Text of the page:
The longer days of spring and amicable weather means we’re all inspired to head outside for a run — unless you suffer from hay fever. Then, sneezing, watery eyes and congestion can get in the way of what would otherwise be a good run.
Hay fever is on the rise. According to the Centers for Disease Control and Prevention, in 2014, 19.1 million Americans were diagnosed with hay fever. That number is up from two years prior when 11.1 million were diagnosed.
But there’s hope. We reached out to two medical professionals, Dr. Rachel Carlton Abrams, board certified in family medicine and integrative medicine and the author of “Bodywise: Discovering Your Body’s Intelligence for Lifelong Health and Healing,” and Dr. Deborah Gentile, director of research, division of allergy, asthma and immunology at Pediatric Alliance in Pittsburgh, to learn how to best deal with pollen with just a few simple changes to your lifestyle.
Here are a few pre- and post- run tips to follow during allergy season to make running outdoors fun again.
AVOID RUNNING IN THE MORNINGS
Pollen counts are highest from 5 a.m.–10 a.m. and lowest on cool or rainy days. Not surprisingly, finding an indoor alternative on exceptionally windy days or on those days when mornings are your only option can help.
TUNE IN TO THE FORECAST
Check out the local weather or allergy websites like pollen.com to monitor pollen levels before heading out for your run. Generally, you can even sign up to receive emails with allergy forecasts and your area’s top allergens for the day so you can plan accordingly.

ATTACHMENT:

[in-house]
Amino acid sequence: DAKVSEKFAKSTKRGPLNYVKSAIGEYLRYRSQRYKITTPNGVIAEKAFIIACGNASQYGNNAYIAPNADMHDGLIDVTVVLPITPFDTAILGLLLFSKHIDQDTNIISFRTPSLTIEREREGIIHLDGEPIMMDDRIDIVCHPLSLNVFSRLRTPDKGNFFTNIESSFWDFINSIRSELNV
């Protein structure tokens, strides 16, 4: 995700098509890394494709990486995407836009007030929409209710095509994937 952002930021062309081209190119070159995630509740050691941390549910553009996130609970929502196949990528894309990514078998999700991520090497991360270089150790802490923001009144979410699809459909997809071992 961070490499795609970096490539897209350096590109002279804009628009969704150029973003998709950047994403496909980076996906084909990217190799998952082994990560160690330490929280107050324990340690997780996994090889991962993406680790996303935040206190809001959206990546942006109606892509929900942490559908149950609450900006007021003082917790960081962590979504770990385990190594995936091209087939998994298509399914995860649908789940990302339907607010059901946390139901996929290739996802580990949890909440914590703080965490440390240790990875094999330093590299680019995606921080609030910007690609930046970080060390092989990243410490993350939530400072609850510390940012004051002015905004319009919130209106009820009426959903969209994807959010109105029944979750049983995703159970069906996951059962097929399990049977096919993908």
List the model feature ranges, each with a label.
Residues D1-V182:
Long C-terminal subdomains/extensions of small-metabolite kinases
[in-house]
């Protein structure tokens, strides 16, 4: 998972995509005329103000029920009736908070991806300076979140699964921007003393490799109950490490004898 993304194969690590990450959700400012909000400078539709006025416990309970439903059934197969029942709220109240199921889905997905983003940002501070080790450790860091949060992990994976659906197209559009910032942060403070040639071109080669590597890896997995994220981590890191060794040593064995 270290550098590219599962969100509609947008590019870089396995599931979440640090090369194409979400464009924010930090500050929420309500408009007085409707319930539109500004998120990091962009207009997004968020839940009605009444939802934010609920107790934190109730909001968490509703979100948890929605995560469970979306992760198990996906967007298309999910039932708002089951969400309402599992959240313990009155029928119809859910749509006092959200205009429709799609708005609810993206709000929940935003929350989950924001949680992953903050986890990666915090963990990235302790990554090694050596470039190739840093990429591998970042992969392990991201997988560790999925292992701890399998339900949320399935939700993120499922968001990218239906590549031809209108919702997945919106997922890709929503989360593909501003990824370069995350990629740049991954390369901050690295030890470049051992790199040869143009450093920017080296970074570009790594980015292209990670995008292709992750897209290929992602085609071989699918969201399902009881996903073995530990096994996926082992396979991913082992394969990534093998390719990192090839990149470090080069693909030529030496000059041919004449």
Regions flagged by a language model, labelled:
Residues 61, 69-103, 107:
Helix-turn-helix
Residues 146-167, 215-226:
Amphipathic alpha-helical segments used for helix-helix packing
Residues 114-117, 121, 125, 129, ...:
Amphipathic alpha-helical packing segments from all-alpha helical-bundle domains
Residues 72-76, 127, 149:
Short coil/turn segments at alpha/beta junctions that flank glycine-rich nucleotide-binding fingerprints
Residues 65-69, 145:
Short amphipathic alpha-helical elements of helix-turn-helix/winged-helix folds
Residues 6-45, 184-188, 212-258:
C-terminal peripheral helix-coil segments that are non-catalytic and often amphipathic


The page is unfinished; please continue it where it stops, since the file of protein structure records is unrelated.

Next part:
MIND YOUR EYES AND NOSE
Runners should try a saline nasal rinse to remove pollen from the nasal cavities and to act as a natural decongestant. If you have heavy allergies, consider wearing a bandana over your mouth to breathe in fewer irritants. Goggles or sunglasses can help remove the itchiness and redness.
CHANGE OUT OF YOUR RUNNING CLOTHES
After a run outside, limit ongoing exposure to allergens by changing out of your exercise clothes immediately when you get home. Even better, put those clothes right into the laundry to avoid spreading pollen around your home. Also: Be sure not to air-dry them outside.
Take a shower and wash hair right after you’ve been outside on a run to get rid of any extra pollens that may linger on your skin and hair.
TALK TO YOUR DOCTOR
Instead of the hassle of shots, sublingual immunotherapy is an alternative way to treat allergies — and is something to discuss with your doctor. You start about four months before allergy season and then stop once pollen counts are down.
GEAR UP FOR YOUR NEXT RUN